How to Play Apple Stock After AAPL Q3 Earnings Chop Share Price 5%

Less than blockbuster Q3 earnings sent Apple stock down more than 8% in after-hours trading yesterday (Tuesday), lopping about $60 billion from the company's market cap.

AAPLApple Inc. (Nasdaq: AAPL) stock recovered a bit this morning (Wednesday) and was down about 5% in mid-morning trading. For those panicking over the big market cap loss, note that Apple regained about $23 billion of that within five minutes of the opening bell this morning.

But a closer look at the AAPL Q3 earnings shows the sharply negative reaction wasn't justified. If anything, it shows that Apple has spoiled investors with spectacular earnings beats.

The biggest sticking point was iPhone sales of 47.5 million that missed the forecast for 48.8 million (worse still, the whisper number was 50 million). And some estimates were up in the 52 million to 53 million range.

Investors also weren't too pleased with Apple's guidance, which was lower than they expected. But Apple is famous for lowballing guidance. And the close beat on the Q3 numbers probably made the company particularly cautious regarding Q4 guidance.

So the AAPL stock sell-off is basically investors throwing a tantrum because they only got two scoops of ice cream instead of three.

And now, we have a great Apple stock buying opportunity...

Why the Fall in Apple Stock Is Overdone

Apple's slight beats on revenue ($49.6 billion vs. a forecast for $49.4 billion) and earnings per share ($1.85 vs. $1.81) also need to be put into context. Revenue was up 33% from the same period a year ago, and EPS was up 45%. Even taking share buybacks into account, profits were up 38% year over year.

Considering the size of Apple, that's an astonishing achievement, but Wall Street dismissed it.

Also ignored was the China success story. Revenue there grew 112%, with iPhone unit sales rising 87%. Mac sales grew 33%, and App Store revenue doubled.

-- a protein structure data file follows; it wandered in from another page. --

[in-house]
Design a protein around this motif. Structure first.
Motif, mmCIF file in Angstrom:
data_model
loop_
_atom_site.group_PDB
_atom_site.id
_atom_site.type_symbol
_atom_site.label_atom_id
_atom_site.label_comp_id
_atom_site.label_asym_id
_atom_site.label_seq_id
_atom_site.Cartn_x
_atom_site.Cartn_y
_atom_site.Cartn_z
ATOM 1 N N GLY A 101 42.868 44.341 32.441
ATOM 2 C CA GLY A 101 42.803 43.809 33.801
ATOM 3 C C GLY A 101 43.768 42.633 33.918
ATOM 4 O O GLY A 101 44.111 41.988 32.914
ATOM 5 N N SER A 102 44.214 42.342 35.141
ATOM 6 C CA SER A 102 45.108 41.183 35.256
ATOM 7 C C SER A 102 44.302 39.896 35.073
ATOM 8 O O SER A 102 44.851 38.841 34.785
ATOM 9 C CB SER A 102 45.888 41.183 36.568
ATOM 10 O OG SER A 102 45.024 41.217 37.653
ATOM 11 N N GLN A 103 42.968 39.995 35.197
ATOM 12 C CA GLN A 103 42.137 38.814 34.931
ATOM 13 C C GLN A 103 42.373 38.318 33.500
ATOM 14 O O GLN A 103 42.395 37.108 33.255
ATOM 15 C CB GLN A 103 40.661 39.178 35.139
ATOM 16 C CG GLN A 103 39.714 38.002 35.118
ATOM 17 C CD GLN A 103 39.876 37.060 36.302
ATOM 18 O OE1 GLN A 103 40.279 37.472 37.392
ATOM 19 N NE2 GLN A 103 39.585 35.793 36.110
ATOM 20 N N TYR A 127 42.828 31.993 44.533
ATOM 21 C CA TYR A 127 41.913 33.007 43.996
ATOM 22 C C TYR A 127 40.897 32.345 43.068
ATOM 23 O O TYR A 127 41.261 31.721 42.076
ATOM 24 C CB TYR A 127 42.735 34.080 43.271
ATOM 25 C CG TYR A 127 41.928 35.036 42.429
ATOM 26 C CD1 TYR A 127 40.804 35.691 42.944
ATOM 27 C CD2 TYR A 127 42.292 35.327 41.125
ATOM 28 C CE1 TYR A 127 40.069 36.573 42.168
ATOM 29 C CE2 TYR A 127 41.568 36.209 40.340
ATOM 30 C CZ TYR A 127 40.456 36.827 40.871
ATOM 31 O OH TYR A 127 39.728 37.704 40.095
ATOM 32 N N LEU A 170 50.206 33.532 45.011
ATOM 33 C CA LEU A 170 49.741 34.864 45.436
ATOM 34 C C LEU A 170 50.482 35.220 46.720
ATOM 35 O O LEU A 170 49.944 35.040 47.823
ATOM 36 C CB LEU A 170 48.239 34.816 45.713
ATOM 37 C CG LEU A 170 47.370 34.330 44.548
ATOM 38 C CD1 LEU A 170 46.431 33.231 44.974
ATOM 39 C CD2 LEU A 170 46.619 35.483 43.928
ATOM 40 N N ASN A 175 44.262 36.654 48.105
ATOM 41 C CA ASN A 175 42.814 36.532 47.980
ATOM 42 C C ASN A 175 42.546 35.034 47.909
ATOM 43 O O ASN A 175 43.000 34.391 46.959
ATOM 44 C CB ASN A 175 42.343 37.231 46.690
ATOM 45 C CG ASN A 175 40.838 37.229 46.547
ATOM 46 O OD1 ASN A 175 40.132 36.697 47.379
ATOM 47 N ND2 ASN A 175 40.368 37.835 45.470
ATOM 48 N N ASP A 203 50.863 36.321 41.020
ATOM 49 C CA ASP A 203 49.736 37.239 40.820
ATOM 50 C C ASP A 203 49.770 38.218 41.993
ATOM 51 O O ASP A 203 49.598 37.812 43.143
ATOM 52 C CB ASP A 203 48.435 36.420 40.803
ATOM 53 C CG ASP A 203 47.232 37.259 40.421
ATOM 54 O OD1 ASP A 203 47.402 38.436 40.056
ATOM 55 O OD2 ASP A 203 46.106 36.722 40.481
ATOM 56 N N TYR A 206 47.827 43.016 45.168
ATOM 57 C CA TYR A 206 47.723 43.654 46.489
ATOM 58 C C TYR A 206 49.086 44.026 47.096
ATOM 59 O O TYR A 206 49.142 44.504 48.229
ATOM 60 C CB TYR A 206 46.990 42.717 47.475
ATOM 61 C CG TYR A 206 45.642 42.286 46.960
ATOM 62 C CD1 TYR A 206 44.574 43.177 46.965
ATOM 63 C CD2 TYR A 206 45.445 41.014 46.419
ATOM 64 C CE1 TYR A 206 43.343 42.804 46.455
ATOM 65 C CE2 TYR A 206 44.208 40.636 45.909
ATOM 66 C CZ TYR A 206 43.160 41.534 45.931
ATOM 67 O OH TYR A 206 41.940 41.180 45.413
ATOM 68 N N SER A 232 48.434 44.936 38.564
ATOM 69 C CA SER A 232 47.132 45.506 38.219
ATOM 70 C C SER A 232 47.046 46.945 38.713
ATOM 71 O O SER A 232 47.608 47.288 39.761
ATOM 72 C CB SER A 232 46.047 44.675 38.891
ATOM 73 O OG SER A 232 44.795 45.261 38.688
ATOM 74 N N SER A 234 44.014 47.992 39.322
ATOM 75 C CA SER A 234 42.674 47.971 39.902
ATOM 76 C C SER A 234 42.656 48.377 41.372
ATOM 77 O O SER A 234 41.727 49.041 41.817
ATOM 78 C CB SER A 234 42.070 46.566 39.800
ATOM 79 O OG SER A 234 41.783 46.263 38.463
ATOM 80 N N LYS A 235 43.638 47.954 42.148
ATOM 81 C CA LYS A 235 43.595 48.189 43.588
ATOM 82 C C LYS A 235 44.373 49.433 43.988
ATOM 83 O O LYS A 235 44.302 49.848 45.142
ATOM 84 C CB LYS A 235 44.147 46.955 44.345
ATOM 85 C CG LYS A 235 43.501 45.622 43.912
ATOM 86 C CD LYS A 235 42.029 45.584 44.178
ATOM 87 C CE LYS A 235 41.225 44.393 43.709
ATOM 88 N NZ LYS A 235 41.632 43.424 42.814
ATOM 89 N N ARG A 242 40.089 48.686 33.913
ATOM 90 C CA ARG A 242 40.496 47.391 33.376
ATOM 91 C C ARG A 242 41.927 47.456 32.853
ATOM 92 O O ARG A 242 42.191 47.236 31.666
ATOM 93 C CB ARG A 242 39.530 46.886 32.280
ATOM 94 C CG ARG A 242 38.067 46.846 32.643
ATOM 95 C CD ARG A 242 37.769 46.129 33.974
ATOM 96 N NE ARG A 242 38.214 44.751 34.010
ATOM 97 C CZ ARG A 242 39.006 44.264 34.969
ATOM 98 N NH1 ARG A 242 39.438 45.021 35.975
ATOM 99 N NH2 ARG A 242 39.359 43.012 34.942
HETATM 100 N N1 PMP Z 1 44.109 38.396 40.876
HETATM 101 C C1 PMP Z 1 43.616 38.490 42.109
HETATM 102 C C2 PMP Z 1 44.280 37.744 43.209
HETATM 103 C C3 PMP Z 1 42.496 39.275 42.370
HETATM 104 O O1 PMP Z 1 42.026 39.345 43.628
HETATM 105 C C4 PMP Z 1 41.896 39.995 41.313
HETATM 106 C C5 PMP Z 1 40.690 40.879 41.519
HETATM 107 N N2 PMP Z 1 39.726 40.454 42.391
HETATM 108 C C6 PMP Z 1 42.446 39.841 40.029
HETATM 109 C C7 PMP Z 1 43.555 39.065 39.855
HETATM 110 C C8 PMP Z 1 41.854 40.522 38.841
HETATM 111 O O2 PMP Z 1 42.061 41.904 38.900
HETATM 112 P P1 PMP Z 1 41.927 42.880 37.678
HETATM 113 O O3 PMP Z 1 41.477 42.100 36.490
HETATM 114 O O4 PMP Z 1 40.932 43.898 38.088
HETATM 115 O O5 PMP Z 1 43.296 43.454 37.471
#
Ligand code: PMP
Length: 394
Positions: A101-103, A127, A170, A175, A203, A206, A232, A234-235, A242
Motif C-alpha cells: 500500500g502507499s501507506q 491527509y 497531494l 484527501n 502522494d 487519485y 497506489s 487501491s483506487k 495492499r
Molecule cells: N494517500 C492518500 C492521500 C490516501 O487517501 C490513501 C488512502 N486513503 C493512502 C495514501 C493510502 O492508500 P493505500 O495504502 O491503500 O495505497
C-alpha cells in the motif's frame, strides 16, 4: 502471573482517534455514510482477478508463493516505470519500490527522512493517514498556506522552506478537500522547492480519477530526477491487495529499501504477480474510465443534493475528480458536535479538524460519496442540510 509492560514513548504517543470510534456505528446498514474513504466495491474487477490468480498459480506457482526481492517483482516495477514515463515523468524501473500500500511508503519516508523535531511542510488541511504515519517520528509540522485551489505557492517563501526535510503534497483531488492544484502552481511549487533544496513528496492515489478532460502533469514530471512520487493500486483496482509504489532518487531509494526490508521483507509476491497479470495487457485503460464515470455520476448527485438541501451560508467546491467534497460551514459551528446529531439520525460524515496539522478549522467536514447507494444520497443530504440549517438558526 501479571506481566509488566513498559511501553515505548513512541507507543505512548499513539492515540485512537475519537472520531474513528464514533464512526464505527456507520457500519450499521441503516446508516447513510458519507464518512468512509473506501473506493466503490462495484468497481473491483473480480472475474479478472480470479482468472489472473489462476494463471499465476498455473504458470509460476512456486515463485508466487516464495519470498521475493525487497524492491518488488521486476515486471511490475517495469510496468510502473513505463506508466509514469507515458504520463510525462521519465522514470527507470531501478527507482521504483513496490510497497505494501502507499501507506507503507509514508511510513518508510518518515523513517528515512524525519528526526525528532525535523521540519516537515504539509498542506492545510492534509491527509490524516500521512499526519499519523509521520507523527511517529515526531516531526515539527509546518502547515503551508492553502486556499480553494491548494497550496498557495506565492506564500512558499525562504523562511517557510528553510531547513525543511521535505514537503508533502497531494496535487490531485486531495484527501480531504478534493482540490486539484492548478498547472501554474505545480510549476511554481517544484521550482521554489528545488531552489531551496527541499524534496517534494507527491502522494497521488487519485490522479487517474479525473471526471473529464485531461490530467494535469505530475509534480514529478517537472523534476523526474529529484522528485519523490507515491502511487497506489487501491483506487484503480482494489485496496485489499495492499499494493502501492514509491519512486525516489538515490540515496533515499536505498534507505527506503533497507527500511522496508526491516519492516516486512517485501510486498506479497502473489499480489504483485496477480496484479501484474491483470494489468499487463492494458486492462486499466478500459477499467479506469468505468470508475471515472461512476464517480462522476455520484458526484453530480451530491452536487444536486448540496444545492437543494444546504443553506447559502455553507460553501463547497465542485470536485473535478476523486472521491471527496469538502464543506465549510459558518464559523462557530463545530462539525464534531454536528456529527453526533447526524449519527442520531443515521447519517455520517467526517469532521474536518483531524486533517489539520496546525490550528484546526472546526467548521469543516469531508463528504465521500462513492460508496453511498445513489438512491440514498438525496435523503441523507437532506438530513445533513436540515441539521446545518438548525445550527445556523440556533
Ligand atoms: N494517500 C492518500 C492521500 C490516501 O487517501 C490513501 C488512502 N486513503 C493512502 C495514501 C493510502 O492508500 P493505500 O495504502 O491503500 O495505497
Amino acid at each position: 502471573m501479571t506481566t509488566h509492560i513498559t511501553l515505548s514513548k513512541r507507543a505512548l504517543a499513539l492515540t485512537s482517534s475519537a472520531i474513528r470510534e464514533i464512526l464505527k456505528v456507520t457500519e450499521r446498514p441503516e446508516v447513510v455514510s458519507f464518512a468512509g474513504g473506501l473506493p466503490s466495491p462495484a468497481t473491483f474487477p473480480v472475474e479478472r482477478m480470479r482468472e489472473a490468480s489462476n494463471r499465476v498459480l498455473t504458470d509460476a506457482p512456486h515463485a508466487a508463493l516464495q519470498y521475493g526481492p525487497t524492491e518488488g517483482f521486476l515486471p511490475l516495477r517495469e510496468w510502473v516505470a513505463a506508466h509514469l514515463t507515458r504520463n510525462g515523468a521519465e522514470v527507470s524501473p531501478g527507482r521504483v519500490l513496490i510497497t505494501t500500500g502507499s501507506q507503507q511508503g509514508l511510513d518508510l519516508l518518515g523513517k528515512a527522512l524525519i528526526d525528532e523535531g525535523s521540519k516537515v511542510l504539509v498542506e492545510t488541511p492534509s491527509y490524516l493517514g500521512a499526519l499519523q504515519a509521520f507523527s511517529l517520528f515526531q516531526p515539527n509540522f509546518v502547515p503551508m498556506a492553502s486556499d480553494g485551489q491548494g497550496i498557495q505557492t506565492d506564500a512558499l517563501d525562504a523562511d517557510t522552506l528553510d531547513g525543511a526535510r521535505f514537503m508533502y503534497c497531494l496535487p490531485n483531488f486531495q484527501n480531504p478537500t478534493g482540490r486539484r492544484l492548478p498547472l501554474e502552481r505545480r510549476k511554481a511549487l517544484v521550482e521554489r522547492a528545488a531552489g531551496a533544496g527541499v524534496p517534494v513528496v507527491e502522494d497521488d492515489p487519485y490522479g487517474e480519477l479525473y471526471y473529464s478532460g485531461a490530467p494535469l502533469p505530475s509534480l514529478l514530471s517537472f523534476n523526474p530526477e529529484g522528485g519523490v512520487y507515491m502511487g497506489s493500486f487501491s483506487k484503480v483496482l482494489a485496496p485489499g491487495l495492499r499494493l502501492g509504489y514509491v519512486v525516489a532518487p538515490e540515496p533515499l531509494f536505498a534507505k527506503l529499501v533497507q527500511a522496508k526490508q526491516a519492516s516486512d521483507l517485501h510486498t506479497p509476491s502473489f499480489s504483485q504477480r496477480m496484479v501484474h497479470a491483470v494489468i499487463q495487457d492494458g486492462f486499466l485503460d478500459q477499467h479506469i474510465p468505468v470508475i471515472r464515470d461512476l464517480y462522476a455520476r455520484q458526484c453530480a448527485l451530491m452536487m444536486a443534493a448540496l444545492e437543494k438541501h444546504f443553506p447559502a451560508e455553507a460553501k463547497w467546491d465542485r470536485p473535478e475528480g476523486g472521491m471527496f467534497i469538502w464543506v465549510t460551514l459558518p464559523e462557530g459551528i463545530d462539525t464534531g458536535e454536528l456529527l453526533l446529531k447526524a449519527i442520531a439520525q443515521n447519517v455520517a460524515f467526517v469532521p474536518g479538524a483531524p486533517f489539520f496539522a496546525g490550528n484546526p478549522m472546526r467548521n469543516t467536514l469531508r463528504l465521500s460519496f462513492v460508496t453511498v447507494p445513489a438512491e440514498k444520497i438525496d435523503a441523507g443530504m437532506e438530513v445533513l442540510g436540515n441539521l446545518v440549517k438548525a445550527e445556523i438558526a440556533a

The rest of the Apple Q3 earnings were mixed. Sales of the long-struggling iPad were down 18% year over year.

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Sales of the Mac were up 9% to 4.8 million despite a 9.5% drop in global PC sales. And yet even that achievement missed analyst expectations for sales of 4.9 million Macs.

The actual success of the Apple Watch remains a mystery. But it may not be as bad as many suspect.

Stories that sales plunged were rampant in the weeks leading up to the Apple Q3 earnings, but the company isn't breaking those numbers out. CEO Tim Cook did say that the Watch had "exceeded internal expectations."

Meanwhile, AAPL's cash pile grew to $203 billion, even as the company returned $13 billion to shareholders.

So the best way to look at Apple stock is to take a broad view of the AAPL Q3 earnings. The Apple growth story hasn't really changed. Apple stock is still headed to a $1 trillion valuation on its way to $200 a share.

And today it's 5% cheaper than it was yesterday. That, my friends, is a buying opportunity.

Follow me on Twitter @DavidGZeiler.

AAPL Stock Going to $1 Trillion: Despite today's setback, Apple stock is still on track to reach a $1 trillion valuation. The only question is when. Here's why this milestone is all but inevitable...

About the Author

David Zeiler, Associate Editor for Money Morning at Money Map Press, has been a journalist for more than 35 years, including 18 spent at The Baltimore Sun. He has worked as a writer, editor, and page designer at different times in his career. He's interviewed a number of well-known personalities - ranging from punk rock icon Joey Ramone to Apple Inc. co-founder Steve Wozniak.

Over the course of his journalistic career, Dave has covered many diverse subjects. Since arriving at Money Morning in 2011, he has focused primarily on technology. He's an expert on both Apple and cryptocurrencies. He started writing about Apple for The Sun in the mid-1990s, and had an Apple blog on The Sun's web site from 2007-2009. Dave's been writing about Bitcoin since 2011 - long before most people had even heard of it. He even mined it for a short time.

Dave has a BA in English and Mass Communications from Loyola University Maryland.

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